It's difficult enough to open one successful restaurant in New York City, let alone two – in a single space. On a quiet street in Williamsburg, chef-owner Yuji Haraguchi has done just that in a cozy 12-seat space. Known as Okonomi during the day when it serves a seafood-centric ichiju sansai set breakfast menu, the leftover fish and bones are used to make broth and flip the restaurant into Yuji Ramen at night. At the core of Okonomi is the Japanese concept of "mottainai" or "no waste", faciliating the kitchen to fluidly transform its menu and identity between the two restaurants each day. Head chef JT Vuong kindly invited us into the space (and the tea/pottery studio upstairs!) to chat more about the philosophies underlying Okonomi's cuisine, ingredients and tabletop aesthetic.
How did you come up with the concept for doing a breakfast-only Japanese restaurant?
We originally started off as a pop-up restaurant, Yuji Ramen, but eventually found this space to expand our ramen and omakase tasting menus in a more permanent setting. We were only using the space at night until we realized that was such a waste – there was an entire day that we could still serve food. Our chef-owner (Yuji Haraguchi) decided to start doing a Japanese-style breakfast ("ichiju sansai"), which traditionally consists of seven-grain rice served with miso soup, roasted fish, vegetables, and an egg. No one else really does a Japanese set breakfast around here, but at the same time we wanted it to be casual – in Japan, people don’t make Japanese breakfast a big deal the way people go out to brunch here. So now this space is Okonomi during the day, and Yuji Ramen at night.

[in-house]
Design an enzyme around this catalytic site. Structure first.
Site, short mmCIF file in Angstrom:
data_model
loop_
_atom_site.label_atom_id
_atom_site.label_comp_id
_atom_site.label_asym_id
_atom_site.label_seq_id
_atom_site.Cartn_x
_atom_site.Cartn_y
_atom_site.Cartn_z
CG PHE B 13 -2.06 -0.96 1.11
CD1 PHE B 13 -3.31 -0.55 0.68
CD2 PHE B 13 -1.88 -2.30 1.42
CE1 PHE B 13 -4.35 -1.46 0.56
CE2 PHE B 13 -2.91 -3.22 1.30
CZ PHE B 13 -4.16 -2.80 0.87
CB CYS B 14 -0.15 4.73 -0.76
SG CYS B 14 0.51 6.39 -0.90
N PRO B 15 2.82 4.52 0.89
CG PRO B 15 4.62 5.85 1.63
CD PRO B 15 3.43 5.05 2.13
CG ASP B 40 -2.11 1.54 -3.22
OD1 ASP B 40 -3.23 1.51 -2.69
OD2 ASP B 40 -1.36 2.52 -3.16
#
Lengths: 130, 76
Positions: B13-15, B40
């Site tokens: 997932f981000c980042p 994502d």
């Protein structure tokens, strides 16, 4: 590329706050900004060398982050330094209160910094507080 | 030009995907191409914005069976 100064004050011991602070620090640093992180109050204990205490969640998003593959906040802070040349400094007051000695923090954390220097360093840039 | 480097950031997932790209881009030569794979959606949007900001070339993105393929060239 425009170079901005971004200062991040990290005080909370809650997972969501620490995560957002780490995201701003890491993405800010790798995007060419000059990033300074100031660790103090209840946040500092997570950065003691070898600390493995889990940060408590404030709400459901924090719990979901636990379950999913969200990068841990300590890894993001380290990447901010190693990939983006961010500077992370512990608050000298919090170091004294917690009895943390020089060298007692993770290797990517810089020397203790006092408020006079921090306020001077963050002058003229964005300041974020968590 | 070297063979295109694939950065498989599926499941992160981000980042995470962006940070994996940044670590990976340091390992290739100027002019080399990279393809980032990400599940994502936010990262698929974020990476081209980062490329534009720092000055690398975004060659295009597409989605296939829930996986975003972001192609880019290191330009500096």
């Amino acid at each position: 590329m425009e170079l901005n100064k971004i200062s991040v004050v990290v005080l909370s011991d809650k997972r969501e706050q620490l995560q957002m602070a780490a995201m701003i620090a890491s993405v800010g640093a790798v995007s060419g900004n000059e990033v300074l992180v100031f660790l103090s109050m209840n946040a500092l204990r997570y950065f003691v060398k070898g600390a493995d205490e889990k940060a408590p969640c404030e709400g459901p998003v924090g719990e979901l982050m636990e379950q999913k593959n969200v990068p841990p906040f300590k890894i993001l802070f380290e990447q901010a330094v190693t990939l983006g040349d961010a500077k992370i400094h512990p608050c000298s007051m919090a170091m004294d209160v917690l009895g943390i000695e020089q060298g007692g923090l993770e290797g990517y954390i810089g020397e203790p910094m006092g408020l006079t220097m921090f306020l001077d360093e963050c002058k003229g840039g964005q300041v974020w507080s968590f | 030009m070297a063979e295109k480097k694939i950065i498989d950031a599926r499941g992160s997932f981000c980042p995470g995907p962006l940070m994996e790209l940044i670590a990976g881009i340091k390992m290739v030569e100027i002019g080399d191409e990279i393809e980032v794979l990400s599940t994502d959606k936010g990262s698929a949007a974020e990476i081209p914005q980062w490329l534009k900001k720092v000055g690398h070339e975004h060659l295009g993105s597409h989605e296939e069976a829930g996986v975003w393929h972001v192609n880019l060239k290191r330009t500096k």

Can you explain the Japanese philosophy of "mottainai" that drives your menu at Okonomi?
In Japanese, it basically translates into “don’t waste” or “what a waste!”. It comes from the idea of respecting everything as a whole. Most people only see the best parts of a fish, and will use 70% or less of it and throw the rest away. But the remaining 30% is useable in so many ways. We love to use the meat in fish cheeks for our family meals, along with meat behind the collar. Most people throw that away – I don’t know why, because I find it to be the best meat. After you filet a fish, you can also scrape off the remaining meat on the bones. Nakaochi for example, is where you scrape off the tuna back meat and use it for handrolls. We also roast the bones for our ramen broth – so the leftovers from our day menu at Okonomi transforms into whatever ramen we feature on our night menu. We use everything.
Other than not being wasteful, how else would you describe your cuisine?
Some people classify it as traditional Japanese, and others will say it's non-traditional – it doesn’t bother me either way. We just like really clean, light flavors – we don’t use a lot of fats or oils other than what comes from the fish. It's all clean and simple.
Your daily selection of fish is prepped in four different ways – can you walk us through those?